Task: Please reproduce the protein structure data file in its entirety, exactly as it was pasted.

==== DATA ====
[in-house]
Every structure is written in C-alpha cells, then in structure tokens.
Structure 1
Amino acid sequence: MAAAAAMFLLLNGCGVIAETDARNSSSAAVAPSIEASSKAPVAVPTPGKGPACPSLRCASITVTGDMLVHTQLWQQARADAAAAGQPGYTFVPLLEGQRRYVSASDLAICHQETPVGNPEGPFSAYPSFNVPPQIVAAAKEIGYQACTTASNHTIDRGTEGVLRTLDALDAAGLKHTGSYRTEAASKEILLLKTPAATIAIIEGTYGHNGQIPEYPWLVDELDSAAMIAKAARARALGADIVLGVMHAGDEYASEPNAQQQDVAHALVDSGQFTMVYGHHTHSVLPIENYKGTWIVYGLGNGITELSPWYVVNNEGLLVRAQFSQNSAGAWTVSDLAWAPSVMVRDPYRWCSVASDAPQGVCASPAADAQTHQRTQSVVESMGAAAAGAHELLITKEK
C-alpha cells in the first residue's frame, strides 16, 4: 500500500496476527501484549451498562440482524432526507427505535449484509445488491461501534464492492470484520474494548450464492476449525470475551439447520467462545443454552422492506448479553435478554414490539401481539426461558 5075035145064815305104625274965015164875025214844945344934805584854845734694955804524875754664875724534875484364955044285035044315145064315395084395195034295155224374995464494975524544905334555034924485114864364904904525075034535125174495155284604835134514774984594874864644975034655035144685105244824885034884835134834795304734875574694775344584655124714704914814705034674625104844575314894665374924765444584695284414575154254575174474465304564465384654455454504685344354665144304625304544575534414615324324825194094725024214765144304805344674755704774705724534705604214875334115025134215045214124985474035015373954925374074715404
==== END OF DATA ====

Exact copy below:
[in-house]
Every structure is written in C-alpha cells, then in structure tokens.
Structure 1
Amino acid sequence: MAAAAAMFLLLNGCGVIAETDARNSSSAAVAPSIEASSKAPVAVPTPGKGPACPSLRCASITVTGDMLVHTQLWQQARADAAAAGQPGYTFVPLLEGQRRYVSASDLAICHQETPVGNPEGPFSAYPSFNVPPQIVAAAKEIGYQACTTASNHTIDRGTEGVLRTLDALDAAGLKHTGSYRTEAASKEILLLKTPAATIAIIEGTYGHNGQIPEYPWLVDELDSAAMIAKAARARALGADIVLGVMHAGDEYASEPNAQQQDVAHALVDSGQFTMVYGHHTHSVLPIENYKGTWIVYGLGNGITELSPWYVVNNEGLLVRAQFSQNSAGAWTVSDLAWAPSVMVRDPYRWCSVASDAPQGVCASPAADAQTHQRTQSVVESMGAAAAGAHELLITKEK
C-alpha cells in the first residue's frame, strides 16, 4: 500500500496476527501484549451498562440482524432526507427505535449484509445488491461501534464492492470484520474494548450464492476449525470475551439447520467462545443454552422492506448479553435478554414490539401481539426461558 5075035145064815305104625274965015164875025214844945344934805584854845734694955804524875754664875724534875484364955044285035044315145064315395084395195034295155224374995464494975524544905334555034924485114864364904904525075034535125174495155284604835134514774984594874864644975034655035144685105244824885034884835134834795304734875574694775344584655124714704914814705034674625104844575314894665374924765444584695284414575154254575174474465304564465384654455454504685344354665144304625304544575534414615324324825194094725024214765144304805344674755704774705724534705604214875334115025134215045214124985474035015373954925374074715404